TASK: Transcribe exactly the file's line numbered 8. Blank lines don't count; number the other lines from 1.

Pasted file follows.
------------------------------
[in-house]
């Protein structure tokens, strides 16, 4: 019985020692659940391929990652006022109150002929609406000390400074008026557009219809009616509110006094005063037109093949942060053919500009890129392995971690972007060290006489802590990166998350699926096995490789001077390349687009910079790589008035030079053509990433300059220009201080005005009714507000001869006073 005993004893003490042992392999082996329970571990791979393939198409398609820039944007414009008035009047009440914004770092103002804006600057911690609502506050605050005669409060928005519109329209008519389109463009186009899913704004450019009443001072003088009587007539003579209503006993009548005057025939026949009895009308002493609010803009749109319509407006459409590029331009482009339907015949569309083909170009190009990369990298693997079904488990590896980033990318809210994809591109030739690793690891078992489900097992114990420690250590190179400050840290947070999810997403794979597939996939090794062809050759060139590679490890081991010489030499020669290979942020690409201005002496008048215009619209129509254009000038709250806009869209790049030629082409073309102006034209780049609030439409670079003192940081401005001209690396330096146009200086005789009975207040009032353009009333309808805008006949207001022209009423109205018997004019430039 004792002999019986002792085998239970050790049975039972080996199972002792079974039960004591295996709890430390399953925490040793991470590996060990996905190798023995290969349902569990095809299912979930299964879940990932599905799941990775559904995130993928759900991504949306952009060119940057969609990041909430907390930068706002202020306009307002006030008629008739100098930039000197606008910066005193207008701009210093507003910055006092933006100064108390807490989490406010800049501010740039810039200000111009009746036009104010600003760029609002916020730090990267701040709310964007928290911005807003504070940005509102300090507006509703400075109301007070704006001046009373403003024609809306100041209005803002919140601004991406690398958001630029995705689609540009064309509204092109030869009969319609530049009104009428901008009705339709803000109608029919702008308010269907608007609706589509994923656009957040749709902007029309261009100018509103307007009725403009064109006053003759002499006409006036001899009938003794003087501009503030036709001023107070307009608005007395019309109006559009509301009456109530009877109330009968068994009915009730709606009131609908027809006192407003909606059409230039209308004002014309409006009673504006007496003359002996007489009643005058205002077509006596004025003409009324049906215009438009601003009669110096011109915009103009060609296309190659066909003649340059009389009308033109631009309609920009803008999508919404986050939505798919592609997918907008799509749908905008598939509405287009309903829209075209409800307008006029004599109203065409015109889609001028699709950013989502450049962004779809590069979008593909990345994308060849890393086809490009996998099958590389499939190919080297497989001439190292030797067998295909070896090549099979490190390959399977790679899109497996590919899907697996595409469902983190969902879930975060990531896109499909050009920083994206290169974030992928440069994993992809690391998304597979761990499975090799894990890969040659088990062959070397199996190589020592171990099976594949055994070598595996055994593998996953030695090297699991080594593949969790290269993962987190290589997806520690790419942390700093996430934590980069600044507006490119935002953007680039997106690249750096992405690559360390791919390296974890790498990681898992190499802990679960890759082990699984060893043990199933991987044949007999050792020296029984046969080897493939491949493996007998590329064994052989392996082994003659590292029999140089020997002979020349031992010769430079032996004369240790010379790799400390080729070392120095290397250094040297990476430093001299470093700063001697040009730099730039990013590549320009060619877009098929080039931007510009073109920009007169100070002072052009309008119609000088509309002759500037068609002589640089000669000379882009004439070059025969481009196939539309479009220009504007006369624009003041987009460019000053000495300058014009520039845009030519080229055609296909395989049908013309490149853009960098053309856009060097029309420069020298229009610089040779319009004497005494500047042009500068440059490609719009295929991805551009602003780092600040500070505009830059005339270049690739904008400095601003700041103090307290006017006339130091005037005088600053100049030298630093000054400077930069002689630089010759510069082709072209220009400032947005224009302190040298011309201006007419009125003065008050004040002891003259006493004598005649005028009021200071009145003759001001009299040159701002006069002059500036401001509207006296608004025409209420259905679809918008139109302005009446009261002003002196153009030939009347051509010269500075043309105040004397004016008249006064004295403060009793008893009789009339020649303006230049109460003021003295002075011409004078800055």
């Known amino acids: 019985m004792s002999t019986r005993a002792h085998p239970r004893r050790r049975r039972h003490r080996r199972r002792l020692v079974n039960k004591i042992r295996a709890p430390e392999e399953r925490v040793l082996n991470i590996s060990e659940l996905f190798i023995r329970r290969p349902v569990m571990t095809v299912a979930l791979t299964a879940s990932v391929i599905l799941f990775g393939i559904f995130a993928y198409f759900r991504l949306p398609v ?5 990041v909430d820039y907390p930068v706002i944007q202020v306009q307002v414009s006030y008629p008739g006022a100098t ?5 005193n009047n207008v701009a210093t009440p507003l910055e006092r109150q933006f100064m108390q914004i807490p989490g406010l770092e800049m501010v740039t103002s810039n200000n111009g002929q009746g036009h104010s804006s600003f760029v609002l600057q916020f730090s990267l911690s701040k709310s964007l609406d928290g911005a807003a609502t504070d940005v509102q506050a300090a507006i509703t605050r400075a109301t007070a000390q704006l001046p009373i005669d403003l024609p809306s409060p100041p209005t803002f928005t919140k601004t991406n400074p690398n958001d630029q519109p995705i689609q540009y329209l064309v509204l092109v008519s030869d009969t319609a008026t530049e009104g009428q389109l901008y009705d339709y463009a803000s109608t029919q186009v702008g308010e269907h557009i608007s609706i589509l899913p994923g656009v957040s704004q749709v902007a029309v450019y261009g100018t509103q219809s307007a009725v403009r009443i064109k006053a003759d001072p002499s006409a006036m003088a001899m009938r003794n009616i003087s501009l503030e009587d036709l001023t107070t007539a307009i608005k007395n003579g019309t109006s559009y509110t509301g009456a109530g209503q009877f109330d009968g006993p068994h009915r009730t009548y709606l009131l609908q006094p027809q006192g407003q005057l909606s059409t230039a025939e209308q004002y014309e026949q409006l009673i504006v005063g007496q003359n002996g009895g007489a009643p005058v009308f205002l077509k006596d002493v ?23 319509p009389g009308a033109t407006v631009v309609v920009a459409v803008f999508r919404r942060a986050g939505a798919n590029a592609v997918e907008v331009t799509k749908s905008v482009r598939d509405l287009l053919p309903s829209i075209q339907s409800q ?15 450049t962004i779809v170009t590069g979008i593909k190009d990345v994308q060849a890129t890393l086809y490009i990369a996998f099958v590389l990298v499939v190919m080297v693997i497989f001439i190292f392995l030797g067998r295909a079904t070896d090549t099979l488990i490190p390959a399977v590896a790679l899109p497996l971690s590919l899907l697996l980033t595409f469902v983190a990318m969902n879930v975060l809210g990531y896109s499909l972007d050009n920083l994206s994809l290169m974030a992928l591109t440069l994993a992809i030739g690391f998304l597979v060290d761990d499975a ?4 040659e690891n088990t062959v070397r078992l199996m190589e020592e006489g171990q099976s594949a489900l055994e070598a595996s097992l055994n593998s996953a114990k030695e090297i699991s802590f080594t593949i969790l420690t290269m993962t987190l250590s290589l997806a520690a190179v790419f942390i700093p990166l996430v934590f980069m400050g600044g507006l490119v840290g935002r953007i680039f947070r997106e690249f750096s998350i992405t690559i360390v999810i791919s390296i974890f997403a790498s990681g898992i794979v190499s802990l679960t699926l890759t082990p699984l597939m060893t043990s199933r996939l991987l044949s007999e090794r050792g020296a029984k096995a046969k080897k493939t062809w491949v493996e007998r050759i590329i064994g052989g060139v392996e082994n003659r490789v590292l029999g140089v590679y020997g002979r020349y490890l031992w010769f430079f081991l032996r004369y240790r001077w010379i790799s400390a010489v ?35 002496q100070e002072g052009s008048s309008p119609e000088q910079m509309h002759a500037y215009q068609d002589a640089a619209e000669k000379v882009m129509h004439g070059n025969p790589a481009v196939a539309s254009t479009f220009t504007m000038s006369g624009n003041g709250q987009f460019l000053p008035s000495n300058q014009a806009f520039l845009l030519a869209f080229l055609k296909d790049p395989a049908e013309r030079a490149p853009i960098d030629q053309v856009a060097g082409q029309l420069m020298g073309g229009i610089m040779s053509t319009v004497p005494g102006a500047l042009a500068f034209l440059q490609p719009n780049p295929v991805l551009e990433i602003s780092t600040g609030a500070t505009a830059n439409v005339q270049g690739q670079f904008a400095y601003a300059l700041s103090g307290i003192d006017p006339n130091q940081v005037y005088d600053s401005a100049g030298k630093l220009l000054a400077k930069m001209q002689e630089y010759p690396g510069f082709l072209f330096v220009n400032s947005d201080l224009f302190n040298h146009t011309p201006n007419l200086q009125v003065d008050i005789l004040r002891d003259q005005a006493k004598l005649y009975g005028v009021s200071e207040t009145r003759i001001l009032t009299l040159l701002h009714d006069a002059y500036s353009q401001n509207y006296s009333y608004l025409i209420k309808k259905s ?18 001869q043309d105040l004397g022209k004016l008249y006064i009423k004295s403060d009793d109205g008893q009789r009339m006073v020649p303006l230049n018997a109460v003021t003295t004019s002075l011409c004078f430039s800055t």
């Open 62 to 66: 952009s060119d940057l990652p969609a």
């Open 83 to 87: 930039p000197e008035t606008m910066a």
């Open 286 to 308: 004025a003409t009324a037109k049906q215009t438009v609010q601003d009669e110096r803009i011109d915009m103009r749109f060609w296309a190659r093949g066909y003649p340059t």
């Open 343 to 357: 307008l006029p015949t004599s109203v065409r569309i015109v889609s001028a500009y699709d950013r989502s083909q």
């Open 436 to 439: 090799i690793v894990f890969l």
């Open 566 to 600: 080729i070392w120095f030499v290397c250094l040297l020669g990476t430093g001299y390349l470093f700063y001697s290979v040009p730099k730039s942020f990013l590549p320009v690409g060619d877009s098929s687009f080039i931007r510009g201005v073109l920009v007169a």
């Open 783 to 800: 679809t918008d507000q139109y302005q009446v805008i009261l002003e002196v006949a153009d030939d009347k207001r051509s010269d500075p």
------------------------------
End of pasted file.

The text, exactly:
């Open 436 to 439: 090799i690793v894990f890969l």